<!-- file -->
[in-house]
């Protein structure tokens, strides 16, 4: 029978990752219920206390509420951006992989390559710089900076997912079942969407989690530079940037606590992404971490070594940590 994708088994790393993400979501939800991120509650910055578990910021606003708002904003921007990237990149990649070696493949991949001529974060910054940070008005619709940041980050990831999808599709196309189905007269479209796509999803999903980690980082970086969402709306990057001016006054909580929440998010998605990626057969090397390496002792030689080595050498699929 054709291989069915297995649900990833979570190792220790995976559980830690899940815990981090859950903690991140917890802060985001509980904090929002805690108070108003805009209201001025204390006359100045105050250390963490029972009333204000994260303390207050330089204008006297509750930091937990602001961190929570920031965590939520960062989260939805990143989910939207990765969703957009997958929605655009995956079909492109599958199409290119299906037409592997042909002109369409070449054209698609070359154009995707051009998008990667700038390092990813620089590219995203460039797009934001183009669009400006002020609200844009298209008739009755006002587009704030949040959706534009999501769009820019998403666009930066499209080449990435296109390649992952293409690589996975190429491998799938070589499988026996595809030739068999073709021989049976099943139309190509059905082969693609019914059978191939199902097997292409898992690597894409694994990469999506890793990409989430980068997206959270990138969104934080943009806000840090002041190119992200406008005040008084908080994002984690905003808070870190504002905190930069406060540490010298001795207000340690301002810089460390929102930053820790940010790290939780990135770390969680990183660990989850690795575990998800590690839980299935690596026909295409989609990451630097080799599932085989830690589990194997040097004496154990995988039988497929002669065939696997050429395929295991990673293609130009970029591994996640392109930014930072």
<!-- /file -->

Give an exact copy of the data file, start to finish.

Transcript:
[in-house]
């Protein structure tokens, strides 16, 4: 029978990752219920206390509420951006992989390559710089900076997912079942969407989690530079940037606590992404971490070594940590 994708088994790393993400979501939800991120509650910055578990910021606003708002904003921007990237990149990649070696493949991949001529974060910054940070008005619709940041980050990831999808599709196309189905007269479209796509999803999903980690980082970086969402709306990057001016006054909580929440998010998605990626057969090397390496002792030689080595050498699929 054709291989069915297995649900990833979570190792220790995976559980830690899940815990981090859950903690991140917890802060985001509980904090929002805690108070108003805009209201001025204390006359100045105050250390963490029972009333204000994260303390207050330089204008006297509750930091937990602001961190929570920031965590939520960062989260939805990143989910939207990765969703957009997958929605655009995956079909492109599958199409290119299906037409592997042909002109369409070449054209698609070359154009995707051009998008990667700038390092990813620089590219995203460039797009934001183009669009400006002020609200844009298209008739009755006002587009704030949040959706534009999501769009820019998403666009930066499209080449990435296109390649992952293409690589996975190429491998799938070589499988026996595809030739068999073709021989049976099943139309190509059905082969693609019914059978191939199902097997292409898992690597894409694994990469999506890793990409989430980068997206959270990138969104934080943009806000840090002041190119992200406008005040008084908080994002984690905003808070870190504002905190930069406060540490010298001795207000340690301002810089460390929102930053820790940010790290939780990135770390969680990183660990989850690795575990998800590690839980299935690596026909295409989609990451630097080799599932085989830690589990194997040097004496154990995988039988497929002669065939696997050429395929295991990673293609130009970029591994996640392109930014930072």